Have you ever left a bad local business review with false information? You might want to rethink doing that in the future after a couple was ordered to pay $350,000 over false reviews they left for an attorney.
The divorcing couple, Copia Blake and Peter Birzon left reviews that were not only opinion but that crossed the line to libel, as their defamatory reviews accused the wife’s lawyer of not just overcharging for legal fees, but swapping out the original contracts to charge 4 times the agreement’s amount.
Both Blake and Birzon admitted to posting the reviews on various internet sites. The evidence showed that Blake had agreed to pay her attorney the amount reflected on the written retainer agreement-$300 an hour. Blake and Birzon both admitted at trial that Giustibelli had not charged Blake four times more than what was quoted in the agreement. The court entered judgment in favor of Giustibelli and awarded punitive damages of $350,000.
On appeal, Blake and Birzon argue that their internet reviews constituted statements of opinion and thus were protected by the First Amendment and not actionable as defamation. We disagree. “[A]n action for libel will lie for a ‘false and unprivileged publication by letter, or otherwise, which exposes a person to distrust, hatred, contempt, ridicule or obloquy or which causes such person to be avoided, or which has a tendency to injure such person in [their] office, occupation, business or employment.’ “
The legal filing includes multiple reviews left online, here is one of the reviews that the couple jointly left about Blake’s lawyer, Ann-Marie Giustibelli.
No integrity. Will say one thing and do another. Her fees outweigh the truth. Altered her charges to 4 times the original quote with no explanation. Do not use her. Don’t mistake sincerity for honesty. In her case, they’re not at all the same. Will literally lie to your face if it means more money for her. Get someone else. . .. Anyone else would do a superior effort for you.
I accepted an initial VERY fair offer from my ex. Giustibelli convinced me to “crush” him and that I could have permanent etc. Spent over a year (and 4 times her original estimate) to arrive at the same place we started at. Caused unnecessary chaos and fear with my kids, convinced me that my ex cheated (which he didn’t), that he was hiding money (which he wasn’t), and was mad at ME when I realized her fee circus had gone on long enough and finally said “stop[.]” Altered her fee structures, actually replaced original documents with others to support her charges and generally gave the kind of poor service you only hear about. I’m not a disgruntled ex-wife. I’m just the foolish person who believes that a person’s word should be backed by integrity. Not even remotely true in this case. I’ve had 2 prior attorneys and never ever have I seen ego and monies be so blatantly out of control.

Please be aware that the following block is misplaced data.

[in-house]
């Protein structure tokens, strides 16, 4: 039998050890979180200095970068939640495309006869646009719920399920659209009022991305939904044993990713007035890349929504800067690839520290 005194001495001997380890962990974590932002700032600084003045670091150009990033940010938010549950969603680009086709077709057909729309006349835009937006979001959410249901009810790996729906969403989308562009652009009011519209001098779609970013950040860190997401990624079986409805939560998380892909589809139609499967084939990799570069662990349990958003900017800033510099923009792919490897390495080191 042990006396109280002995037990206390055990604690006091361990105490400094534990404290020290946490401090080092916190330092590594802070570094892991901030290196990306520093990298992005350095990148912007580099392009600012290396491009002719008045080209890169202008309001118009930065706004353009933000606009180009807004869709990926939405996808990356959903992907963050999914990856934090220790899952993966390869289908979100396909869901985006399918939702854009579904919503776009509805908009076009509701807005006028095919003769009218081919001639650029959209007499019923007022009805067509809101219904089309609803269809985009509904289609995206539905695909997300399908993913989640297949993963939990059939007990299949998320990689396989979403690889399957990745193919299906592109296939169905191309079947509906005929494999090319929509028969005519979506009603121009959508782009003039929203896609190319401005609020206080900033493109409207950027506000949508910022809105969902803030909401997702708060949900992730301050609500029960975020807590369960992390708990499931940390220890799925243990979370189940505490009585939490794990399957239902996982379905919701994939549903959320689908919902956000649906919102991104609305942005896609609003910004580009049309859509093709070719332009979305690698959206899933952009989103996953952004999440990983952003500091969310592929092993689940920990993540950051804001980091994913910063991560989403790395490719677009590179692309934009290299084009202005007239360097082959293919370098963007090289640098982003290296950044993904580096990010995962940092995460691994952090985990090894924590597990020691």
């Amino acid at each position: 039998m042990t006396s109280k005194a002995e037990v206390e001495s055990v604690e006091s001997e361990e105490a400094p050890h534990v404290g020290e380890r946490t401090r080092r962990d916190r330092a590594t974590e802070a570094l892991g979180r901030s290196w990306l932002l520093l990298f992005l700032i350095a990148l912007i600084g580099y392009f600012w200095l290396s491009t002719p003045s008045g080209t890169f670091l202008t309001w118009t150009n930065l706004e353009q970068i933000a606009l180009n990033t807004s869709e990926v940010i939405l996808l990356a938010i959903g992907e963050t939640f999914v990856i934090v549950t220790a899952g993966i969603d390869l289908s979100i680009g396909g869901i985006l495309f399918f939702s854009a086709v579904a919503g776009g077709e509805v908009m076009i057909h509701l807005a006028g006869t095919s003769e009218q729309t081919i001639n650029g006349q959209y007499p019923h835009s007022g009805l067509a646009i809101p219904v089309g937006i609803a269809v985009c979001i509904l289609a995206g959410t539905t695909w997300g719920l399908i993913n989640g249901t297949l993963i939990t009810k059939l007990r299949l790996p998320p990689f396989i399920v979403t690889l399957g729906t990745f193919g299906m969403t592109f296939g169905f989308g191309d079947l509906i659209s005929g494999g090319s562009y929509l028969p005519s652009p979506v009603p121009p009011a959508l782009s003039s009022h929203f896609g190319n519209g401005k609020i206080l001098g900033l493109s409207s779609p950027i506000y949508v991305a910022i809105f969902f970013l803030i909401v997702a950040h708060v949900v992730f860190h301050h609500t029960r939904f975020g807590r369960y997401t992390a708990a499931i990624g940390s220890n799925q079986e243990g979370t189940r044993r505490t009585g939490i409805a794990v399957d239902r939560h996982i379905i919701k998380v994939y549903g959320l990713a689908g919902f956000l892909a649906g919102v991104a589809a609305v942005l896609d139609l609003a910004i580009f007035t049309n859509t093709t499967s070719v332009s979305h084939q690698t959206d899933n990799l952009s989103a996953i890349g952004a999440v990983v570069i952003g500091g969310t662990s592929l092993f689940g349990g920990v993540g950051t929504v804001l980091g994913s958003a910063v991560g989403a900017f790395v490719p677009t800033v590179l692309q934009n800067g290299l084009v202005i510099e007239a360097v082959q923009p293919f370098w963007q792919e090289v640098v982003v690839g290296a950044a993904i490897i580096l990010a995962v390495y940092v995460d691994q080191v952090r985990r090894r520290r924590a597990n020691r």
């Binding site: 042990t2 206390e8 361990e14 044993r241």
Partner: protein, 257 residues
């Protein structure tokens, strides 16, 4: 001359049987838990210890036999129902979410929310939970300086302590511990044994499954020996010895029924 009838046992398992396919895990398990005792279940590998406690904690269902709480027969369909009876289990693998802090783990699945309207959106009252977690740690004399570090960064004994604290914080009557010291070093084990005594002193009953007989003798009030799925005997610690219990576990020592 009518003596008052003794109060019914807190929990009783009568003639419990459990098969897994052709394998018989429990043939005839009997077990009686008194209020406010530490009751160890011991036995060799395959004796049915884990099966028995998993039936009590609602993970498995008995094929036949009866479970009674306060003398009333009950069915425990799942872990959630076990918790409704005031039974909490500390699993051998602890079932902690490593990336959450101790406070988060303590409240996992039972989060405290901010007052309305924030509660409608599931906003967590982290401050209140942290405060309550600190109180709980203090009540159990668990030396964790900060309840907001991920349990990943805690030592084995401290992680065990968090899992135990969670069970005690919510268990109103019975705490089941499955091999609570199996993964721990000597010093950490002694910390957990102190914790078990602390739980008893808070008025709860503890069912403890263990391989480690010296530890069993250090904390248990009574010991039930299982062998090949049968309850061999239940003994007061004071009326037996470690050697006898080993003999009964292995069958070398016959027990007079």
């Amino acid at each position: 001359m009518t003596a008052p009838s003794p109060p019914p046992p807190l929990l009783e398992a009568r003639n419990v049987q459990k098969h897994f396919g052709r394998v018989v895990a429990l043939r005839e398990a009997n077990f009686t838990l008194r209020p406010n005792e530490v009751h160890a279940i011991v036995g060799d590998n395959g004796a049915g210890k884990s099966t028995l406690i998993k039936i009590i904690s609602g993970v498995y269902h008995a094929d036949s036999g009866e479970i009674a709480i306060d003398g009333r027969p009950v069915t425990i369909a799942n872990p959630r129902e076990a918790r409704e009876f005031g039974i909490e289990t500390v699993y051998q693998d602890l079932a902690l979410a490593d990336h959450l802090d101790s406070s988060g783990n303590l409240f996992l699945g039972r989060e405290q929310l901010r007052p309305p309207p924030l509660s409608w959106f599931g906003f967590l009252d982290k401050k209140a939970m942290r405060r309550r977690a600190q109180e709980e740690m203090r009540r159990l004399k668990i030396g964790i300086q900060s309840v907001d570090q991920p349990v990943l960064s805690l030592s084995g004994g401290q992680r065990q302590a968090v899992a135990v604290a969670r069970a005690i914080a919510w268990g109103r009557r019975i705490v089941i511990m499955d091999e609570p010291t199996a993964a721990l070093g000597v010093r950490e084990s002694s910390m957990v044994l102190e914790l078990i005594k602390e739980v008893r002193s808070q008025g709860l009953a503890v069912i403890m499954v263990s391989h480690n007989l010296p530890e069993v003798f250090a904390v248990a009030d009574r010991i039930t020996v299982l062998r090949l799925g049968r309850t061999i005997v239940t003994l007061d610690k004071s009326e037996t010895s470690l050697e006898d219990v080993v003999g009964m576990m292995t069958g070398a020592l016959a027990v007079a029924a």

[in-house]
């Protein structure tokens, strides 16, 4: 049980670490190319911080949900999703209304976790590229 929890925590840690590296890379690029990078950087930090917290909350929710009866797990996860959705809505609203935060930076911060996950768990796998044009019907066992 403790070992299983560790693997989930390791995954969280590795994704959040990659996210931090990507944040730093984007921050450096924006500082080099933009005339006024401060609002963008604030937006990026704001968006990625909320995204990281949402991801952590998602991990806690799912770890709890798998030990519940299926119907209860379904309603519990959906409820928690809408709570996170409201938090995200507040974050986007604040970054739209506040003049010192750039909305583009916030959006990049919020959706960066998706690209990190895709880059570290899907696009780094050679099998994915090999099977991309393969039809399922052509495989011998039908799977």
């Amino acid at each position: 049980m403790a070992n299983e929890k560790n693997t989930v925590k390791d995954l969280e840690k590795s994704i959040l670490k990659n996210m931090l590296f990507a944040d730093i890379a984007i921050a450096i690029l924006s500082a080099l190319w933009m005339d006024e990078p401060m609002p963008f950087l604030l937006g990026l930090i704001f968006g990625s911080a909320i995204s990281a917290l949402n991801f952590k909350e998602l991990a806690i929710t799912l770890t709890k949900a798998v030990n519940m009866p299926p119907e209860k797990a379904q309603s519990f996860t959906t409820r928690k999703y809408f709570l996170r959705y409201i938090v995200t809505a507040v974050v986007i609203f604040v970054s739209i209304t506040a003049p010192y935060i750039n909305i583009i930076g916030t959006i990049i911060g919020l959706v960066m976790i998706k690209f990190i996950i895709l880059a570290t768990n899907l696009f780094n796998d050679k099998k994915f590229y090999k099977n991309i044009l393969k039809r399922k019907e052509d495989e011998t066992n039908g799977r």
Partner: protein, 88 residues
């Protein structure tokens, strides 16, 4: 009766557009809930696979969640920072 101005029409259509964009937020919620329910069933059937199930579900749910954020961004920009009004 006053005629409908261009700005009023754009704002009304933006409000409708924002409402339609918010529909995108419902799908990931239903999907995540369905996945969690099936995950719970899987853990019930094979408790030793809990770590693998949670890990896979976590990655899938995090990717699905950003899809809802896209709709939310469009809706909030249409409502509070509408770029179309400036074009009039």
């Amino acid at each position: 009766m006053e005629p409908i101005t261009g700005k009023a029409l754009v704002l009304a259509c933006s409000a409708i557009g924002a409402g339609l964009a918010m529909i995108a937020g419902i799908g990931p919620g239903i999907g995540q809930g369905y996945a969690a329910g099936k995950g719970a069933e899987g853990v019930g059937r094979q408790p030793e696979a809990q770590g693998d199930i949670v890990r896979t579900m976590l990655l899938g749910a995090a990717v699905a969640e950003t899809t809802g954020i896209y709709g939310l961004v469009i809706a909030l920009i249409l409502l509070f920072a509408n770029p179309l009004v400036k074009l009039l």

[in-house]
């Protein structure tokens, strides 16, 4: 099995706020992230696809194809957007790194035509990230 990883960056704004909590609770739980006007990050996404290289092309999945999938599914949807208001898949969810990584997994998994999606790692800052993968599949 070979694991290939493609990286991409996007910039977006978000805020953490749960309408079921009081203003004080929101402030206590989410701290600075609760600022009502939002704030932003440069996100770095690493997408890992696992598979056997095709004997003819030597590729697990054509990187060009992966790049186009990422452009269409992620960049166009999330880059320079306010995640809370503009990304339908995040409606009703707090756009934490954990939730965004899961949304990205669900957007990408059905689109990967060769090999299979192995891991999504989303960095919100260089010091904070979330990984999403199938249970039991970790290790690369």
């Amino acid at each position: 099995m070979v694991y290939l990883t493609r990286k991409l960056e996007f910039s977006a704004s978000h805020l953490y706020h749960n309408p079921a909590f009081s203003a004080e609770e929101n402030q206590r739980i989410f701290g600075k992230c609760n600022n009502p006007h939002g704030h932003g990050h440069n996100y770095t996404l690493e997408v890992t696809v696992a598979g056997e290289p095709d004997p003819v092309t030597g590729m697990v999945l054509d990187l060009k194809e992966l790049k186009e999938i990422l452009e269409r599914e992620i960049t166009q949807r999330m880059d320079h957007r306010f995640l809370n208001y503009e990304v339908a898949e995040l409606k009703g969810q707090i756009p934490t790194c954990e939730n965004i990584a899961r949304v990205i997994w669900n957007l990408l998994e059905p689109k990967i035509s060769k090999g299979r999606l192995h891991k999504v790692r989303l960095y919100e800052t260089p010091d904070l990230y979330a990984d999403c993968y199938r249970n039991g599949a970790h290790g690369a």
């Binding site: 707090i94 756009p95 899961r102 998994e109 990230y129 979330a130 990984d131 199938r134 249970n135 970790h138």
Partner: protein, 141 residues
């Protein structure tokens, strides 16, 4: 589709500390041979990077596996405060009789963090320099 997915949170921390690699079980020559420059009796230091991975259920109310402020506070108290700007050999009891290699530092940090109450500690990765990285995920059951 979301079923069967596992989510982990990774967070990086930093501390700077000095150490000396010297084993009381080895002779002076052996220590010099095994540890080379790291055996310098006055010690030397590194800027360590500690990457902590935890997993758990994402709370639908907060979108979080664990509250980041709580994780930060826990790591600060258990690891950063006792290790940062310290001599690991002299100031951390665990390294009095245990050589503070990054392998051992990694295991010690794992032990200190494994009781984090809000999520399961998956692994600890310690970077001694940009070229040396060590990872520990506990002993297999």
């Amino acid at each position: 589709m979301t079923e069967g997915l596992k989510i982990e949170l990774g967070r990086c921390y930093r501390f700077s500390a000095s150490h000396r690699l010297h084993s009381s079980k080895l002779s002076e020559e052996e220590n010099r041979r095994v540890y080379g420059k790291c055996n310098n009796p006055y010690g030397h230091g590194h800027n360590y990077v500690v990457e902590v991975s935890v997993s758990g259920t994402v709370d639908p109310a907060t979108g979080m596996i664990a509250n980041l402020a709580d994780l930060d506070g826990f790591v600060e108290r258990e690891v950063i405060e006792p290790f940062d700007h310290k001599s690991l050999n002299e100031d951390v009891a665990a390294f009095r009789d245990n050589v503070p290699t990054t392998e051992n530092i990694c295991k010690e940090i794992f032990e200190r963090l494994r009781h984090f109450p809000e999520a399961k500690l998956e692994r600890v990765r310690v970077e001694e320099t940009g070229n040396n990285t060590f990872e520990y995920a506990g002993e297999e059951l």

The case documents say they were left on “various internet sites.”
While the couple argued that their reviews were only opinions, the courts did not agree since they accused her lawyer Giustibelli of very specifically charging 4 times the amount, which the couple admitted in court was not true.
While so many people hide behind anonymity when writing reviews, this does show that leaving false reviews that cross that line to libel could have serious consequences.
The reviews are no longer available online. You can find the full ruling here.
Updated: Ars Technica included information in their story that one or more of the reviews were placed on Yelp. Yelp emailed to say the reviews were not placed on their own site.
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